Contango and Backwardation

Contango and backwardation are useful concepts for traders to understand because the degree of backwardation or contango in a market is often an excellent indicator for when to exit or enter a trade in that market.

First, a Definition: Contango and Backwardation are Market Structures for Transferring Price Risk

Contango and backwardation are essentially a mechanism for futures markets to pay speculators a premium to take on price risk that commercial traders in those markets don’t wish to take.

When a futures market is in contango, the spot price for the commodity or financial instrument (that is, the price to take delivery right now) is lower than the price to take delivery in future months. By contrast, when a futures market is in backwardation, the spot price is higher than the price in future months.

For example, as I write this, the oil market (West Texas Intermediate) is in steep backwardation. The closing price on Friday, July 26, 2013 for the September contract was 104.70. On the same day, the closing price for the October contract was 104.01, November was 102.78, December was 101.42, and January 2014 was 100.06.

At the same time, the cocoa futures market is in contango, with the Friday closing price for the September contract 2333.0, the December contract 2341.0, and the March 2014 contract 2345.0.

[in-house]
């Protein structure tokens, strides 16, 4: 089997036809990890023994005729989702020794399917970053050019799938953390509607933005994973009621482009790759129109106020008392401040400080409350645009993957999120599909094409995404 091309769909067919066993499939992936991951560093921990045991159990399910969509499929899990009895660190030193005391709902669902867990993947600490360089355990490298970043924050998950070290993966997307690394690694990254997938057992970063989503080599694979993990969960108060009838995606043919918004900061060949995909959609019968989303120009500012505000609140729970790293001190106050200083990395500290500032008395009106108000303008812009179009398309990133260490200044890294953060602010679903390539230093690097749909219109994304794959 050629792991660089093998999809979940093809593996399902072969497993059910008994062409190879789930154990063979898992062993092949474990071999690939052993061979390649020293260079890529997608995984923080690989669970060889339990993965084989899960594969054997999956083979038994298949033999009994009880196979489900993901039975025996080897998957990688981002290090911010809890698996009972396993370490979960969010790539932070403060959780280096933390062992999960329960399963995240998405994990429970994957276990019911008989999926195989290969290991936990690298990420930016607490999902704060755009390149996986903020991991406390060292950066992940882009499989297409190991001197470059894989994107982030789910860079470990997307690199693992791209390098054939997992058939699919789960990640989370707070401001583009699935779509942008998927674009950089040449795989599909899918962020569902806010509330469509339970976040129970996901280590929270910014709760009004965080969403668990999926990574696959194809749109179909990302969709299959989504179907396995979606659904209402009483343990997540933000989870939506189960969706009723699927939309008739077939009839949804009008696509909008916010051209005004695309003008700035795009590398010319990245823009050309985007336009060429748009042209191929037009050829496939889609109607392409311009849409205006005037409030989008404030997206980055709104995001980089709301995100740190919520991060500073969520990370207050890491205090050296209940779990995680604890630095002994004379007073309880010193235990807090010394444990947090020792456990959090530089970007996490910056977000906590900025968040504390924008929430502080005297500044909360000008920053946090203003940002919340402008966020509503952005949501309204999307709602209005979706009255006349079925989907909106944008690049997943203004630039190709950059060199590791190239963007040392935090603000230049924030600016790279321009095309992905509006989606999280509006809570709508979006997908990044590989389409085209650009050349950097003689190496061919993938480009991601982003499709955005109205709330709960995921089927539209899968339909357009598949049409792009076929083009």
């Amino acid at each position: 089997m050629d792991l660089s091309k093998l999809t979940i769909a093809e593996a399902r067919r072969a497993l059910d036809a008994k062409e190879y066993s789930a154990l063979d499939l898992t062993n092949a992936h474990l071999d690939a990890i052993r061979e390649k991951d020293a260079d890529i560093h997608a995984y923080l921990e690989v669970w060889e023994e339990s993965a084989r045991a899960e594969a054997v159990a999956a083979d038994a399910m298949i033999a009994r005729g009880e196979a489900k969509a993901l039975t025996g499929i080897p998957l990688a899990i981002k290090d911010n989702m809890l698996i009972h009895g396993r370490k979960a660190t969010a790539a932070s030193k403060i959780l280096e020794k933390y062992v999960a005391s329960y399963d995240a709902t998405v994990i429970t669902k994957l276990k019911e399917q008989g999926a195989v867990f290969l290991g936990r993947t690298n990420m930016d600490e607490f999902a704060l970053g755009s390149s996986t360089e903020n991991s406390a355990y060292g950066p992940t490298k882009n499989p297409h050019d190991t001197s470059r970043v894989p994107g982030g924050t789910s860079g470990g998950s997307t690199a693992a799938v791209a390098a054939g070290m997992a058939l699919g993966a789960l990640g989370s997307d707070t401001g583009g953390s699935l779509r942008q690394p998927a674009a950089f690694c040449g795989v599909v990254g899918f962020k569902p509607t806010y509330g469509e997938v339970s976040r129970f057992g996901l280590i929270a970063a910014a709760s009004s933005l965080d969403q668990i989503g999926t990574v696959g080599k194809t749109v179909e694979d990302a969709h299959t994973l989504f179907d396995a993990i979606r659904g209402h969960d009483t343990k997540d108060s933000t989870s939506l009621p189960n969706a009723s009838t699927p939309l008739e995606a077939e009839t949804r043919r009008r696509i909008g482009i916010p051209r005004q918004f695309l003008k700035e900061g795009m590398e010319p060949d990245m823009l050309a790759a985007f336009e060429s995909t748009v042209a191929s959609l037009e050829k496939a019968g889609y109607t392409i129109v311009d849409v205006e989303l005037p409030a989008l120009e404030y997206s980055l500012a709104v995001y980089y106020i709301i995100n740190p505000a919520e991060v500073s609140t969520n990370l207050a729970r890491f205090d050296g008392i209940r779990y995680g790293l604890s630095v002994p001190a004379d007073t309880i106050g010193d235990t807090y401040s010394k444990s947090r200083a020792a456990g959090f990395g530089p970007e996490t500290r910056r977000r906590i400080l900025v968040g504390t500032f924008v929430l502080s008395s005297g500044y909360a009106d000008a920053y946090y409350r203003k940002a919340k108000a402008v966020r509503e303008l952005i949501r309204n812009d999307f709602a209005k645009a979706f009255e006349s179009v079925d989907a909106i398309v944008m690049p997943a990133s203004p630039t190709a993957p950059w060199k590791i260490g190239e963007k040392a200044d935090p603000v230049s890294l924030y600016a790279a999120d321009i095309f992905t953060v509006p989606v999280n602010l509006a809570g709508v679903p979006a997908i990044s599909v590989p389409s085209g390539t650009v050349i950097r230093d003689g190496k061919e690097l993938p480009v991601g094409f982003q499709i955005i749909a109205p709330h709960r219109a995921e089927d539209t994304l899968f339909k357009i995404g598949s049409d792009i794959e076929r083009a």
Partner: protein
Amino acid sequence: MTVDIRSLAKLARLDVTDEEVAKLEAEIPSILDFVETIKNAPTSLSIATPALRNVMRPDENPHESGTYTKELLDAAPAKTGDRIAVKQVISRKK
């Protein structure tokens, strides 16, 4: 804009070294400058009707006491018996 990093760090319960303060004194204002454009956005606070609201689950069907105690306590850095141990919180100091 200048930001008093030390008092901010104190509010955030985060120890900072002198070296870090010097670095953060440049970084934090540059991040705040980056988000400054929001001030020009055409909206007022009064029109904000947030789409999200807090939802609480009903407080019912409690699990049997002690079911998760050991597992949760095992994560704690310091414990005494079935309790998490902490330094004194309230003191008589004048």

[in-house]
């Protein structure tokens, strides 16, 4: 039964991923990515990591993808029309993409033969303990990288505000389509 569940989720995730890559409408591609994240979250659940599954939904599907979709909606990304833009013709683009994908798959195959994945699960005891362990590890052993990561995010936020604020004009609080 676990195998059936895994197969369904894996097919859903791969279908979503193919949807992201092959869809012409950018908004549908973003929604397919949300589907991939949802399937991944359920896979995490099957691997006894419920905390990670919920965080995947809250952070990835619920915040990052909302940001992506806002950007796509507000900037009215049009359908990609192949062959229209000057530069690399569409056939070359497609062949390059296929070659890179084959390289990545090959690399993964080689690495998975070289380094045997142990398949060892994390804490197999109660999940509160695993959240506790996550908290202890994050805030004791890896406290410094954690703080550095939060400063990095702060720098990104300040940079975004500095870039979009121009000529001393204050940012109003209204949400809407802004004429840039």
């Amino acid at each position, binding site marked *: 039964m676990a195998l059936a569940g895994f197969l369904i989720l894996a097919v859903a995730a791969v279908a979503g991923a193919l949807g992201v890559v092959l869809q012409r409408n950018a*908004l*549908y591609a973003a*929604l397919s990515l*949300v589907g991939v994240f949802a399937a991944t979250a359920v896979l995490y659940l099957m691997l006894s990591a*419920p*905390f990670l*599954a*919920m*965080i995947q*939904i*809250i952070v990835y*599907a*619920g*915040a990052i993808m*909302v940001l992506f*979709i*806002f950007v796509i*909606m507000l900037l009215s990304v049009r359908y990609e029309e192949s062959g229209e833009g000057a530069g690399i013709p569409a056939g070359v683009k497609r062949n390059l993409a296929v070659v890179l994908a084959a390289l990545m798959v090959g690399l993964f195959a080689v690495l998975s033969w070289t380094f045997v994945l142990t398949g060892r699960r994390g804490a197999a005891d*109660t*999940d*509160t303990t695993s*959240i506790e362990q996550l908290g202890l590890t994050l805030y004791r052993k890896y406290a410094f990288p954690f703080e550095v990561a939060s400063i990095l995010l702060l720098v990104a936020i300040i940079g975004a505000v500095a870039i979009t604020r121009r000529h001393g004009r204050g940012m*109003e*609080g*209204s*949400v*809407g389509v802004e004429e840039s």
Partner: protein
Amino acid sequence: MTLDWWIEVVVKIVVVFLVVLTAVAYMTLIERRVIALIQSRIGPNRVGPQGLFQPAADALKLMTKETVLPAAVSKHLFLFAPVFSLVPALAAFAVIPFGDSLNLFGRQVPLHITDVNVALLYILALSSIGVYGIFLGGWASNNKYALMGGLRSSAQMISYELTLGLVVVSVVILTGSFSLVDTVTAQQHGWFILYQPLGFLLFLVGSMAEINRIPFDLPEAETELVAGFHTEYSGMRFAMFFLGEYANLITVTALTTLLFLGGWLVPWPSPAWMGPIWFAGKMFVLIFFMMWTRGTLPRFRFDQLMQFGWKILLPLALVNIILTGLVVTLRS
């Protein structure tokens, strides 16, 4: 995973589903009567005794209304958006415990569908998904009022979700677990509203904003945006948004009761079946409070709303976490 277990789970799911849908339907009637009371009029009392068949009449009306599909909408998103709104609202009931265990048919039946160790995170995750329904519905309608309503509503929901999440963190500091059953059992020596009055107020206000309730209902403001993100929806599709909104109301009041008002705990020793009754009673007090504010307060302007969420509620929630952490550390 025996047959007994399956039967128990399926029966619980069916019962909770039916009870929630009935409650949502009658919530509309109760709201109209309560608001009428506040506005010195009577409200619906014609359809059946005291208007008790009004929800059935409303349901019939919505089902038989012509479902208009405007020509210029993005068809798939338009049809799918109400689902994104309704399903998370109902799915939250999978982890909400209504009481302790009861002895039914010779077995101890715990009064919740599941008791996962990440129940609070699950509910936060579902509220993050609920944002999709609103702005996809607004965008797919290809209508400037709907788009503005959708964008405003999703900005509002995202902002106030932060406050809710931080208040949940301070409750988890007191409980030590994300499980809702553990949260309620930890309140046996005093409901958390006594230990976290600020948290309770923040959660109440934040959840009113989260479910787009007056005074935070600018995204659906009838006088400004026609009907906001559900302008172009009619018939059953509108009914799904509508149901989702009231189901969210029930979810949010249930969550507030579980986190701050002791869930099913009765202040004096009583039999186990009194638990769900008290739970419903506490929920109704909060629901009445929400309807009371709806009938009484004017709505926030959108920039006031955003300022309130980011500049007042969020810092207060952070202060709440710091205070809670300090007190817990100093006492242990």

A trend of rising prices in a commodity tends to be characterized by backwardation, and a trend of falling prices tends to be characterized by contango. However, a state of market backwardation does not mean future prices will be higher, nor does a state of market contango mean that future prices will be lower.

How a Market Gets into Backwardation

When a market like oil is in backwardation, it’s because producers like Exxon want to lock in the current price for future production, while not so many commercial users like refineries want to lock in the current price. So producers like Exxon sell their future oil production at a discount to the current price to entice speculators to buy their future production. Exxon is essentially paying an insurance premium to speculators to transfer the risk of falling prices.

Locking in a sufficient price to guarantee that future projects will be profitable may enable a small oil company to get financing for expensive drilling projects that will keep oil flowing to consumers in the future. The speculators who take on the price risk are compensated for their risk with the backwardation discount on future prices. Prices may end up moving in either direction; speculators don’t win on every bet. But the backwardation discount makes taking the price risk profitable for speculators over the long run.

How a Market Gets into Contango

When the market is in contango, it’s the commercial users of a commodity who are happy to lock in prices at the current level, while producers aren’t willing to lock in future production at the same level. So the commercial users of the commodity essentially pay speculators a premium to entice them to sell future production at the current price. Again, this is a transfer of price risk to speculators along with the payment of what is essentially a fee—a higher price for future production than the current price.